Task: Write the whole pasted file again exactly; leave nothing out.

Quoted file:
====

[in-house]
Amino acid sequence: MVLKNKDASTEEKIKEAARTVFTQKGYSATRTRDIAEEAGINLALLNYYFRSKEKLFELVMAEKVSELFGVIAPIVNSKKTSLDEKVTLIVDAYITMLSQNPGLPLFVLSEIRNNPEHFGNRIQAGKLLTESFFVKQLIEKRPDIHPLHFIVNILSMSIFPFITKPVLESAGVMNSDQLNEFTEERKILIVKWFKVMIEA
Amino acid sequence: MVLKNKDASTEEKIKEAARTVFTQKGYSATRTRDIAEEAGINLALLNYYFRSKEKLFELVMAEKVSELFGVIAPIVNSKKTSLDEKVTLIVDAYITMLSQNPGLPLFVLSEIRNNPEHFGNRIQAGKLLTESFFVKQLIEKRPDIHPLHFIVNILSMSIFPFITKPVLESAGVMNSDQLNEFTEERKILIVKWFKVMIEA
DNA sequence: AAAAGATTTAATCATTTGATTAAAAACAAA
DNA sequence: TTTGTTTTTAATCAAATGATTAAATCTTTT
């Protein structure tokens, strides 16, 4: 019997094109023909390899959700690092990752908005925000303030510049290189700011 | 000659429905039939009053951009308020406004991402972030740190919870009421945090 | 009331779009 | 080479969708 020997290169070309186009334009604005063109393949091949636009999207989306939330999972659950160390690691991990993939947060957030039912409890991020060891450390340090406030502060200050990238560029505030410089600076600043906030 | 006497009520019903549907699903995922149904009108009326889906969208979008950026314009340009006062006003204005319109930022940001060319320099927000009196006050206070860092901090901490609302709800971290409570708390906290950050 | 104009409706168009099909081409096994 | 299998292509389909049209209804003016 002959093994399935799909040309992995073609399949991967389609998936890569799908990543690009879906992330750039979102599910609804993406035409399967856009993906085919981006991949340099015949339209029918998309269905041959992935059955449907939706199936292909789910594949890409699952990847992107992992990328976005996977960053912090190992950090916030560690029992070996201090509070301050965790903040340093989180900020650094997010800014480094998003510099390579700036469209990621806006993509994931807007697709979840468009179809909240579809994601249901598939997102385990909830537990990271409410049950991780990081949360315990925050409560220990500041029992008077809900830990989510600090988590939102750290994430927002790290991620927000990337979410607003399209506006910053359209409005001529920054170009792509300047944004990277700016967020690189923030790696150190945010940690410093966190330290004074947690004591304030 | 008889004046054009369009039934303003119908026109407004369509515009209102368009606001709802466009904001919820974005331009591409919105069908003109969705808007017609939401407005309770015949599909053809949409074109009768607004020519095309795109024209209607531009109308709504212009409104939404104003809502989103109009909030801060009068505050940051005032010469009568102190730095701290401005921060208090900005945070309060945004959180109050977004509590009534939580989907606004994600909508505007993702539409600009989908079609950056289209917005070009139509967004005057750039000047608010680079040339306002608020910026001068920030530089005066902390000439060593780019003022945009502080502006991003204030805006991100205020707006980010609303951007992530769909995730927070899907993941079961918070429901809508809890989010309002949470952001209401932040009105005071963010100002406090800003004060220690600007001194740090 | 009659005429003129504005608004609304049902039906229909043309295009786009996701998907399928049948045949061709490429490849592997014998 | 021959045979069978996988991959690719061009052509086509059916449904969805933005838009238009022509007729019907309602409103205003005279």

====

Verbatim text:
[in-house]
Amino acid sequence: MVLKNKDASTEEKIKEAARTVFTQKGYSATRTRDIAEEAGINLALLNYYFRSKEKLFELVMAEKVSELFGVIAPIVNSKKTSLDEKVTLIVDAYITMLSQNPGLPLFVLSEIRNNPEHFGNRIQAGKLLTESFFVKQLIEKRPDIHPLHFIVNILSMSIFPFITKPVLESAGVMNSDQLNEFTEERKILIVKWFKVMIEA
Amino acid sequence: MVLKNKDASTEEKIKEAARTVFTQKGYSATRTRDIAEEAGINLALLNYYFRSKEKLFELVMAEKVSELFGVIAPIVNSKKTSLDEKVTLIVDAYITMLSQNPGLPLFVLSEIRNNPEHFGNRIQAGKLLTESFFVKQLIEKRPDIHPLHFIVNILSMSIFPFITKPVLESAGVMNSDQLNEFTEERKILIVKWFKVMIEA
DNA sequence: AAAAGATTTAATCATTTGATTAAAAACAAA
DNA sequence: TTTGTTTTTAATCAAATGATTAAATCTTTT
């Protein structure tokens, strides 16, 4: 019997094109023909390899959700690092990752908005925000303030510049290189700011 | 000659429905039939009053951009308020406004991402972030740190919870009421945090 | 009331779009 | 080479969708 020997290169070309186009334009604005063109393949091949636009999207989306939330999972659950160390690691991990993939947060957030039912409890991020060891450390340090406030502060200050990238560029505030410089600076600043906030 | 006497009520019903549907699903995922149904009108009326889906969208979008950026314009340009006062006003204005319109930022940001060319320099927000009196006050206070860092901090901490609302709800971290409570708390906290950050 | 104009409706168009099909081409096994 | 299998292509389909049209209804003016 002959093994399935799909040309992995073609399949991967389609998936890569799908990543690009879906992330750039979102599910609804993406035409399967856009993906085919981006991949340099015949339209029918998309269905041959992935059955449907939706199936292909789910594949890409699952990847992107992992990328976005996977960053912090190992950090916030560690029992070996201090509070301050965790903040340093989180900020650094997010800014480094998003510099390579700036469209990621806006993509994931807007697709979840468009179809909240579809994601249901598939997102385990909830537990990271409410049950991780990081949360315990925050409560220990500041029992008077809900830990989510600090988590939102750290994430927002790290991620927000990337979410607003399209506006910053359209409005001529920054170009792509300047944004990277700016967020690189923030790696150190945010940690410093966190330290004074947690004591304030 | 008889004046054009369009039934303003119908026109407004369509515009209102368009606001709802466009904001919820974005331009591409919105069908003109969705808007017609939401407005309770015949599909053809949409074109009768607004020519095309795109024209209607531009109308709504212009409104939404104003809502989103109009909030801060009068505050940051005032010469009568102190730095701290401005921060208090900005945070309060945004959180109050977004509590009534939580989907606004994600909508505007993702539409600009989908079609950056289209917005070009139509967004005057750039000047608010680079040339306002608020910026001068920030530089005066902390000439060593780019003022945009502080502006991003204030805006991100205020707006980010609303951007992530769909995730927070899907993941079961918070429901809508809890989010309002949470952001209401932040009105005071963010100002406090800003004060220690600007001194740090 | 009659005429003129504005608004609304049902039906229909043309295009786009996701998907399928049948045949061709490429490849592997014998 | 021959045979069978996988991959690719061009052509086509059916449904969805933005838009238009022509007729019907309602409103205003005279």